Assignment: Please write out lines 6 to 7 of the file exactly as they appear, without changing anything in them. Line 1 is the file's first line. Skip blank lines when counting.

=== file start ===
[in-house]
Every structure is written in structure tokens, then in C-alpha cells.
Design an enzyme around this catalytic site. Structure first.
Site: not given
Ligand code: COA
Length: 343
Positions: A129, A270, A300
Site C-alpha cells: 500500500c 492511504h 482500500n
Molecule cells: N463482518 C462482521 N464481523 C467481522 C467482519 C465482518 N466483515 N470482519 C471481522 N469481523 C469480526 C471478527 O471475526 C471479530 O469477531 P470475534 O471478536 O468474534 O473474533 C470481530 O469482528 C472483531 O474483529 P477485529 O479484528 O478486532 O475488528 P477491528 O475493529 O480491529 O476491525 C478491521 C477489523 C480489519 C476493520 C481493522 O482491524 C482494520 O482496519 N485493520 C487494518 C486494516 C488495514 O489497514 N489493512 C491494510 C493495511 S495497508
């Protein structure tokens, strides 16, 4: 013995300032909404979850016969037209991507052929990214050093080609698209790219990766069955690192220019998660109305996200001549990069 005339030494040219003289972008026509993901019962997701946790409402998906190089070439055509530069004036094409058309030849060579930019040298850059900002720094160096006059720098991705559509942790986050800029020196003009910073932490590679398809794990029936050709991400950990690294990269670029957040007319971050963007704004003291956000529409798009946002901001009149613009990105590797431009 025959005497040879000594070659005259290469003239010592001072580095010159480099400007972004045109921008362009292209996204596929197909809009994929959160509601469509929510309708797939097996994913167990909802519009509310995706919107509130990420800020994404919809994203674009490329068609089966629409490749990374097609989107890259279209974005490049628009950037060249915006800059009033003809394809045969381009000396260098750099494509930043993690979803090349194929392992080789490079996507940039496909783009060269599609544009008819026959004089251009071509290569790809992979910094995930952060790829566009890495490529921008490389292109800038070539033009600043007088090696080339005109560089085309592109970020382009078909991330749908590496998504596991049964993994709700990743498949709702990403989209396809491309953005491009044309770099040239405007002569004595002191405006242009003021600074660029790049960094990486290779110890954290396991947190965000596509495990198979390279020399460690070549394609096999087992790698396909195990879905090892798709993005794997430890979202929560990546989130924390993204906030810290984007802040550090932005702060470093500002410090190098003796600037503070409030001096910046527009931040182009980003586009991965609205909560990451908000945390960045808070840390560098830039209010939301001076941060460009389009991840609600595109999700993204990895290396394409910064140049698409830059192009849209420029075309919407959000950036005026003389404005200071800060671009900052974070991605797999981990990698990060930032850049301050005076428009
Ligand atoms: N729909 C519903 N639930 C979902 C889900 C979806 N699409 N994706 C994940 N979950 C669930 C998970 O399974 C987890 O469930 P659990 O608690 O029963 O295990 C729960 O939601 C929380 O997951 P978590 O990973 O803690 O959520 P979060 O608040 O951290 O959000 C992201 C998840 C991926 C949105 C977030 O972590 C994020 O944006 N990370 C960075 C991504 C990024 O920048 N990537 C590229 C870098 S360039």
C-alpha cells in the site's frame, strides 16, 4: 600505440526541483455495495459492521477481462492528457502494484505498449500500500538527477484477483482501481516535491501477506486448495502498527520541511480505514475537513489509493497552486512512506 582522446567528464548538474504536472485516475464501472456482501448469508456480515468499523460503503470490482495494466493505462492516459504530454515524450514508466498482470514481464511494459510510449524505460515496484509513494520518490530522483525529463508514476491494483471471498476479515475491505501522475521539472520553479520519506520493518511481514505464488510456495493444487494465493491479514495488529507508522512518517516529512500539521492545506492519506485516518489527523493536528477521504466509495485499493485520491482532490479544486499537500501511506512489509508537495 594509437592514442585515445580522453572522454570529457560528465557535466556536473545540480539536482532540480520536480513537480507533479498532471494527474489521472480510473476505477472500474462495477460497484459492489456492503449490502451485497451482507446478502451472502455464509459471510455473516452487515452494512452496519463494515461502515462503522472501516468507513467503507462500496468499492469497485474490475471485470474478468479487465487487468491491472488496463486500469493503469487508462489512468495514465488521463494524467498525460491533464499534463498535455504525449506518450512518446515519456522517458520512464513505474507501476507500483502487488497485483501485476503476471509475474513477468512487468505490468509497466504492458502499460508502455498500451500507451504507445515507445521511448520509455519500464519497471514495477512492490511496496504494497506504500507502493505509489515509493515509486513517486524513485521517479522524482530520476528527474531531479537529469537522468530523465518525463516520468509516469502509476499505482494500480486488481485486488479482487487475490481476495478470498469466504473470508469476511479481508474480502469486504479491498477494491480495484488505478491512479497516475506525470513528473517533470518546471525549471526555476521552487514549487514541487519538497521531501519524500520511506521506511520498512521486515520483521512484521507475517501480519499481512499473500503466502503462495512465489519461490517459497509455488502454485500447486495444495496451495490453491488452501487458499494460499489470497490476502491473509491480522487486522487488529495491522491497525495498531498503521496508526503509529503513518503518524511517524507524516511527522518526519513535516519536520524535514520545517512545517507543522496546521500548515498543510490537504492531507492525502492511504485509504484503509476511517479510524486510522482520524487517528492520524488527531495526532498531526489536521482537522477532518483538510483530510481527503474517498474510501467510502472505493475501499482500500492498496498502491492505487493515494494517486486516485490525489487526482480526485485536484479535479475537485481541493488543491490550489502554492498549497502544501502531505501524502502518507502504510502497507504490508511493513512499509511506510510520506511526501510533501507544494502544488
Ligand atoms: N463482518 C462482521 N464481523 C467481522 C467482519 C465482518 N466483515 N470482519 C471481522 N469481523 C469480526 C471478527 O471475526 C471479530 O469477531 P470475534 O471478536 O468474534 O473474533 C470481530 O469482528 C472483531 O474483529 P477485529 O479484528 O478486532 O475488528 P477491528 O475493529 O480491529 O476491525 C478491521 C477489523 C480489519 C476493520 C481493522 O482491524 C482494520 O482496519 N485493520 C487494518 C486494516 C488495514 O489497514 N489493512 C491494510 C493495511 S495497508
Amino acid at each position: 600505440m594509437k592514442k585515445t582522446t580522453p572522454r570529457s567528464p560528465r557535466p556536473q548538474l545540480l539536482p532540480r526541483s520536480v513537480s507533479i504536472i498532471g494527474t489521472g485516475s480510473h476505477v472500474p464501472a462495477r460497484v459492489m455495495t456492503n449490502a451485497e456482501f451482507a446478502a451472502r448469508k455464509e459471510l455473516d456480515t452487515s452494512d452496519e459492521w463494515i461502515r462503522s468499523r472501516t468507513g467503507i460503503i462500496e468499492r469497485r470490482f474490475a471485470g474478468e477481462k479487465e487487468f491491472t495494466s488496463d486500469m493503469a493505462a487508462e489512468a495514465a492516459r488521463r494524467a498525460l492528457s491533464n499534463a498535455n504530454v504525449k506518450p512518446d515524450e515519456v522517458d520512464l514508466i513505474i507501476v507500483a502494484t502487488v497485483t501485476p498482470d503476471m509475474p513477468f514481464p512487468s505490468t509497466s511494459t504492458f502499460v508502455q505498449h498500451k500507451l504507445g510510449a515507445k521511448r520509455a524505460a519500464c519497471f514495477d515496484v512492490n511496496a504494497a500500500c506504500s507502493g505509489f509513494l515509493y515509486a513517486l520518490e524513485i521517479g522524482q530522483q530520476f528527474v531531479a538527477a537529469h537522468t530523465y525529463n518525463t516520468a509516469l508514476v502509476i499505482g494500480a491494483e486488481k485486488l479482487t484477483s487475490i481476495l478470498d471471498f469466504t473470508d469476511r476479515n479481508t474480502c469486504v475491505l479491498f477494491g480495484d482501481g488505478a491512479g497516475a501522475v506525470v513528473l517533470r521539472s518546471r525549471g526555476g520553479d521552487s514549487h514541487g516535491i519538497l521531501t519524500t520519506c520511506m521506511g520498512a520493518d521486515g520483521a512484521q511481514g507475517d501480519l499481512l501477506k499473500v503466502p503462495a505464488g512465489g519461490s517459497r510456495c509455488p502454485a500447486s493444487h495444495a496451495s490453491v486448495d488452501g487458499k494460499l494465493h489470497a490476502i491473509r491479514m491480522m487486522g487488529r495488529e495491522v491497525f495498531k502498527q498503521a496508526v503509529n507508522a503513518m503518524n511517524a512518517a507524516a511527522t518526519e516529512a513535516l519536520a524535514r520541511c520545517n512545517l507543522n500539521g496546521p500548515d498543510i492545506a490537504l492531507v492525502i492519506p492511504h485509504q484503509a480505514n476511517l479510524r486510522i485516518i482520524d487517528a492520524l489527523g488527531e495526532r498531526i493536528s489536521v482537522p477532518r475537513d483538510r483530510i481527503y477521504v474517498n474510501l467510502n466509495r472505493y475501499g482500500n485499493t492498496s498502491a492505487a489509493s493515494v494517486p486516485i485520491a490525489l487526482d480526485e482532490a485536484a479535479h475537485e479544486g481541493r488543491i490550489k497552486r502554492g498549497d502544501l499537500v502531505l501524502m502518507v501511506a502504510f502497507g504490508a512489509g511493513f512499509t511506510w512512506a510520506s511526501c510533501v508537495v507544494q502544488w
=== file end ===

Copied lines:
Length: 343
Positions: A129, A270, A300